Sleep, My Love

Claudette Colbert, shocked

The 1948 thriller Sleep, My Love has a Chandler-esque title reminiscent of Farewell, My Lovely, and opens in strong Freudian style with a train in the night screaming towards the camera. It’s a solid piece of work directed by Douglas Sirk with style and pace but he can’t do much with Leo Rosten’s too-familiar story. Also screaming is wealthy New Yorker Alison Courtland (Claudette Colbert), who wakes up on a train bound for Boston with no idea how she got there. In her bag is her husband’s gun. He (Don Ameche), meanwhile, is back in New York nursing a bullet wound and filling in Detective Strake (Raymond Burr) on details about his missing … Read more


George Sanders and Lucille Ball

The 1947 noirish thriller Lured stars Lucille Ball and is directed by Douglas Sirk, neither of them names you’d associate with this sort of thing. Ball was a comic actor, Sirk is now chiefly remembered for big, overheated and florid dramas like All That Heaven Allows, but both show their breadth of talent in this relatively low-budget production shiny with quality. It looks at first like a serial killer thriller, and a particularly modern one – seven women dead, each of whose murders has been accompanied by a poem sent to the police, a Seven-style taunt. The police, meanwhile, though led by crusty oldster Inspector Harley Temple (Charles Coburn) are bringing all the … Read more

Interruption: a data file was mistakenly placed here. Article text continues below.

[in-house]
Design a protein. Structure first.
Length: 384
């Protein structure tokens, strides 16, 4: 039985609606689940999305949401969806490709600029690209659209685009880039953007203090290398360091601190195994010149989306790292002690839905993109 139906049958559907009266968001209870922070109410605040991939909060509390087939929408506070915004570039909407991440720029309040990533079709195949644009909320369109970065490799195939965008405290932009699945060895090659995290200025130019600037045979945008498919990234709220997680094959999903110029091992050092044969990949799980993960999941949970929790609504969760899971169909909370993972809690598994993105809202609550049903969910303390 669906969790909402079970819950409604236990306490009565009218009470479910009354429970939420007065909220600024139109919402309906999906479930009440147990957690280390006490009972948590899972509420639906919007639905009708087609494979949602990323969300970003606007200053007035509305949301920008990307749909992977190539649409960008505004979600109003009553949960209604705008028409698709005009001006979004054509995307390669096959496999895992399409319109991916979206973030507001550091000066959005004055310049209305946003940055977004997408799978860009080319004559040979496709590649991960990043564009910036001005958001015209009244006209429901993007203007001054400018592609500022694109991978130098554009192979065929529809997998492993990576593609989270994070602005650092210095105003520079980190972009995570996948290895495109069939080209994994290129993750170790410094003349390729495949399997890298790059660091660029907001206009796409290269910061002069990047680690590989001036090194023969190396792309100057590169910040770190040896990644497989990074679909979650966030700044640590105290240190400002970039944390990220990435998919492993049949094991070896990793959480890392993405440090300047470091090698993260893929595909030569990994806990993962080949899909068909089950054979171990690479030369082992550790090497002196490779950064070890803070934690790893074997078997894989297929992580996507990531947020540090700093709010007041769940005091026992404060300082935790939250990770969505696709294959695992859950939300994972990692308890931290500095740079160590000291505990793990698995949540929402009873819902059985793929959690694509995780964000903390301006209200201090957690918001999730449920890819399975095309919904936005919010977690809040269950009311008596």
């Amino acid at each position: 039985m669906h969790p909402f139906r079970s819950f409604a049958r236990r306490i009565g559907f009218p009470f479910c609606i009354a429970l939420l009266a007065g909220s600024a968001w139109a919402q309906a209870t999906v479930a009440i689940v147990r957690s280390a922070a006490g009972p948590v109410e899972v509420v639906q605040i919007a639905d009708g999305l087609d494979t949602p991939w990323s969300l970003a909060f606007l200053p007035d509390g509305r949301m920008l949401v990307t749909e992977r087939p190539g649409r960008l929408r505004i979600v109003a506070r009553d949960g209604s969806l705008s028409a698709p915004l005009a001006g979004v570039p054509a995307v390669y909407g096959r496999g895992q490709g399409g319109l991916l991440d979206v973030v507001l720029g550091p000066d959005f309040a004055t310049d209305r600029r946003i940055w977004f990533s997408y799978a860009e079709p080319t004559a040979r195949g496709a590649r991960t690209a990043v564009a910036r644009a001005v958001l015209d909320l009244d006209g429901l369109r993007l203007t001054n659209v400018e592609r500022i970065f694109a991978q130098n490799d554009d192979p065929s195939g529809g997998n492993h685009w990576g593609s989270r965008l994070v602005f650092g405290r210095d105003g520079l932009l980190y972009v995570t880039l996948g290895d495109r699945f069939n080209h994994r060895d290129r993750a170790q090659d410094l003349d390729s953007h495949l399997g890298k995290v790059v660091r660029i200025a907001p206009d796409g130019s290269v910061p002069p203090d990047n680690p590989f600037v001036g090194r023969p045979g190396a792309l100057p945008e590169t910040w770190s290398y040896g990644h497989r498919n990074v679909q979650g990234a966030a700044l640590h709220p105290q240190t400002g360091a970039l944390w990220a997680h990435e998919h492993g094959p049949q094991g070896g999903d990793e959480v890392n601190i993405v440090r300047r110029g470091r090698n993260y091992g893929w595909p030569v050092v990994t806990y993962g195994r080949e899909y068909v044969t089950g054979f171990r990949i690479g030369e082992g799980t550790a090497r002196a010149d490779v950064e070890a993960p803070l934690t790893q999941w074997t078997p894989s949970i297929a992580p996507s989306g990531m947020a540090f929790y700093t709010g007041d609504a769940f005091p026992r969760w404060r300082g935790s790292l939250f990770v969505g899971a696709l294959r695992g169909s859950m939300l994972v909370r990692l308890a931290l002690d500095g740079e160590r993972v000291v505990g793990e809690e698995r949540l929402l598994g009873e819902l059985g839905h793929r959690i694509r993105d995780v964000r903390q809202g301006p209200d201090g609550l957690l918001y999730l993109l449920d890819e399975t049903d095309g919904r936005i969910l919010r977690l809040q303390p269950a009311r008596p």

The Curious Return of Douglas Sirk

All That Heaven Allows original poster

What is it about a film-maker who died around 25 years ago in obscurity that fascinates a new generation of directors? The director Douglas Sirk died in 1987 aged 90. Born in Hamburg as Detlef Sierck, he became well known for his string of lush melodramas made in Hollywood in the 1950s. Magnificent Obsession (1954), All That Heaven Allows (1955), Written on the Wind (1956), The Tarnished Angels (1957), A Time to Love and a Time to Die (1958) and Imitation of Life (1959) are considered his key works. The French “auteurists” were the first to start the re-assessment of Sirk in the late 1950s – the distinctive look of his films marking them out as … Read more